They entered Tuesday night’s game at Missouri 1-7 in the SEC in road games. Those seven losses came by an average of more than 13 points. They lost by 21 at South Carolina. They lost by 18 at Vanderbilt. They scored a combined 103 points in those two games. The one road win the Razorbacks do have? At Auburn.
Missouri, on the other hand, is quite similar to Arkansas. While they struggle on the road, the Tigers are awesome at home, which is why is should come as no surprise to you that Missouri smacked the Razorbacks around during their visit to Columbia. What is mildly surprising, however, is that Arkansas didn’t even put up a fight. They were lost 93-63. They were down 48-22 at halftime. It was an embarrassment — or a statement, depending on which side your loyalties lie — especially when you consider the fact that Mike Anderson’s tenure at Missouri came to an abrupt end two years ago.
Anderson was booed lustily during the game. I have a feeling that Phil Pressey and Laurence Bowers took just that much more enjoyment out of Tuesday’s mollywhopping.
Here’s the thing that just doesn’t make sense: Arkansas was playing for their tournament lives. Thanks to the win over Florida last month and the win over Kentucky last weekend, the ugly status of fellow bubble teams meant that Arkansas still had a chance to play their way into the dance. Winning on the road against the second-best team in the SEC would have been a great way to make a statement to the tournament selection committee.
They want teams to separate themselves, and given the fact that Tennessee losing to Georgia and Ole Miss losing to South Carolina and Mississippi State in the span of a week hasn’t come close to eliminating them from the bubble conversation, it shouldn’t really be that difficult to create that separation. Boise State did it when they beat Colorado State. Creighton did it by beating Wichita State. Cal did it by beating everyone over the last six weeks.
They did it by losing by 30 points at Missouri.
That’s the easiest way to get yourself onto the wrong side of the bubble.
Arizona commit Terrance Ferguson has been known as one of the best dunkers in the country for the last few years. So you knew the 6-foot-6 wing was going to attempt the latest internet dunk craze that’s been going around.
Some call it the, “5-point play” in which the dunker makes a 3-pointer and immediately sprints following the shot release to catch the make for an under-the-legs dunk.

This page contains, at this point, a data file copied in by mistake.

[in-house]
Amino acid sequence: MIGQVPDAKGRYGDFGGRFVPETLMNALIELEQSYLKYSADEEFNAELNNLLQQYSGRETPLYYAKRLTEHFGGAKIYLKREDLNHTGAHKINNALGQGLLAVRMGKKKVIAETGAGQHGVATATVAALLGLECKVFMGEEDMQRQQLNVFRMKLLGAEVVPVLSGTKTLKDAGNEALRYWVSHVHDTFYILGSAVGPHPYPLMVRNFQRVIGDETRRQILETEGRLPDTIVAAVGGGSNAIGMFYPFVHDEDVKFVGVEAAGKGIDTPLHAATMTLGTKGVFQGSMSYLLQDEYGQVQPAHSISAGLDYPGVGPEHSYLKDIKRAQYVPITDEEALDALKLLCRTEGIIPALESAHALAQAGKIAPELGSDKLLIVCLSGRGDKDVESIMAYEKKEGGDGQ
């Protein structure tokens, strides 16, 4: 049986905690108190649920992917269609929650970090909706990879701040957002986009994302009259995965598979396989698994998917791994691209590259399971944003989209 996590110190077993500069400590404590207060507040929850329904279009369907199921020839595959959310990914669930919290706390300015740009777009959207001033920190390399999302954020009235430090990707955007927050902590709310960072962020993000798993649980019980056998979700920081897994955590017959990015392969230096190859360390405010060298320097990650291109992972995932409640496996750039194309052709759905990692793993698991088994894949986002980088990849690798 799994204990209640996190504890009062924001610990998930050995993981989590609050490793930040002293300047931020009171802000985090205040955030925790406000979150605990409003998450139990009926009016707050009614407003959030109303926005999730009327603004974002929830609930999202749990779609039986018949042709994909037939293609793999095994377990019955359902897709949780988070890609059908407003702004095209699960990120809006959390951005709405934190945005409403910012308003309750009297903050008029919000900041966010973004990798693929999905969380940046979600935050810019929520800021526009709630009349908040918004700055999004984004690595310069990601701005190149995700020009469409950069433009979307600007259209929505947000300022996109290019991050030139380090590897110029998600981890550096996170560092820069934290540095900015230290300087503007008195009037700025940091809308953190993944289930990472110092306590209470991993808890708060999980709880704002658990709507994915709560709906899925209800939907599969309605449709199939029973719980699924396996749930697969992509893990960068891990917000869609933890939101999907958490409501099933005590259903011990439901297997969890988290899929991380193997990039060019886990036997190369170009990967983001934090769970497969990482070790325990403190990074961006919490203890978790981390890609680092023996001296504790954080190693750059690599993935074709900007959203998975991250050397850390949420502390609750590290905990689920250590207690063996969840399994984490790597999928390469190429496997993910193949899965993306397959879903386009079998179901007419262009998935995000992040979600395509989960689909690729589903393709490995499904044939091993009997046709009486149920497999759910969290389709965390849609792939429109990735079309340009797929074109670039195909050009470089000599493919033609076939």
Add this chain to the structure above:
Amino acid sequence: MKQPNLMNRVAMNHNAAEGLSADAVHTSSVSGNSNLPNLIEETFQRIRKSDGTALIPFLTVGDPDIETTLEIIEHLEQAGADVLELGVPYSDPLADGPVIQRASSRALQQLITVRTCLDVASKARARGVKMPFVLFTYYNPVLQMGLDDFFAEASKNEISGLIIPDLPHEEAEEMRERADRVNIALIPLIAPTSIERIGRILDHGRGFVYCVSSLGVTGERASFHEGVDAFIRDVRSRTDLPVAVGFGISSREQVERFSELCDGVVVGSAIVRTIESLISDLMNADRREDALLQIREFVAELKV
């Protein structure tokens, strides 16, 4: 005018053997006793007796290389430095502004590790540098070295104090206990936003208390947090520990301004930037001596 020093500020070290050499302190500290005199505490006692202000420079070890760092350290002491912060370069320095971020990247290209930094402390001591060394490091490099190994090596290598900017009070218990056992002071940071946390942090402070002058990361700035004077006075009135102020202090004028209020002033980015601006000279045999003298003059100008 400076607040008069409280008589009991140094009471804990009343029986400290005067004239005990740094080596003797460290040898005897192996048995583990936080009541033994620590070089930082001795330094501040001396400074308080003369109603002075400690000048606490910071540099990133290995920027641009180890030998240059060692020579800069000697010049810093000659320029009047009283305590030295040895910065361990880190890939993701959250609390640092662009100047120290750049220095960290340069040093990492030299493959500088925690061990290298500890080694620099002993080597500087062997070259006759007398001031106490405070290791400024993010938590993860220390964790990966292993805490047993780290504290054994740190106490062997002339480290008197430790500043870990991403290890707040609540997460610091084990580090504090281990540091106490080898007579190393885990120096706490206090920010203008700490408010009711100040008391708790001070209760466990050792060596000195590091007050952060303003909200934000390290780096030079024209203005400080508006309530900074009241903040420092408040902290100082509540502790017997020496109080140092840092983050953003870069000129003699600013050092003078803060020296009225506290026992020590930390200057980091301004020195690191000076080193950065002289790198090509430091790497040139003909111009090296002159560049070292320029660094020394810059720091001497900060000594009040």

It’s as tough as it sounds and Ferguson makes it look easy.
Bol Bol is the son of former NBA center Manute Bol, and the younger Bol is earning quite a bit of attention himself as a five-star prospect in the Class of 2018.
The 6-foot-11 Bol showed off some of his freakish coordination and athleticism on Friday night, by ripping a steal and taking it coast-to-coast for an under-the-legs dunk in the middle of a game at the Jayhawk Invitational.
Bol will be one of the players to watch this spring as he plays with KC Run GMC.
Iowa State guard Naz Mitrou-Long gets hardship waiver to play additional year
“Everything happens for a reason and although it hurt to not be able to play for a group of guys I loved last year, my body needed time to recover and that time off allowed me to feel the best I’ve felt since my freshman year,” Mitrou-Long said in the release. “I’m glad I’ll be able to play for the best fans in the country and represent the name on the front of my jersey, Iowa State, one more year. Words can’t describe this feeling. Cyclone Nation, be ready for a special year.”
The 6-foot-4 Long played in eight games last season for Iowa State as he averaged 12 points per game. He missed the rest of the season to deal with pain in his surgically repaired hips. Mitrou-Long has been a very effective three-point shooter during his career at Iowa State and he should be a nice option to have for next season if he’s healthy.
CIAA will stay in North Carolina despite state’s LGBT law
CHARLOTTE, N.C. (AP) The Central Intercollegiate Athletic Association says it won’t move its headquarters, its basketball tournament or other conference championships from North Carolina, despite the state’s controversial new LGBT law.
The CIAA said in a statement Thursday that it will instead partner with the NCAA to educate its members on lesbian, gay, bisexual and transgender issues as it does on other issues, like graduation rates and concussion management.
The Charlotte Observer reports that the CIAA, the oldest African-American sports conference in the U.S., has hosted its annual basketball tournament in Charlotte since 2006 and announced it was moving its headquarters to Charlotte from Virginia in 2015.
The CIAA said Thursday that it will continue to “monitor the issues,” as it has since House Bill 2 passed.
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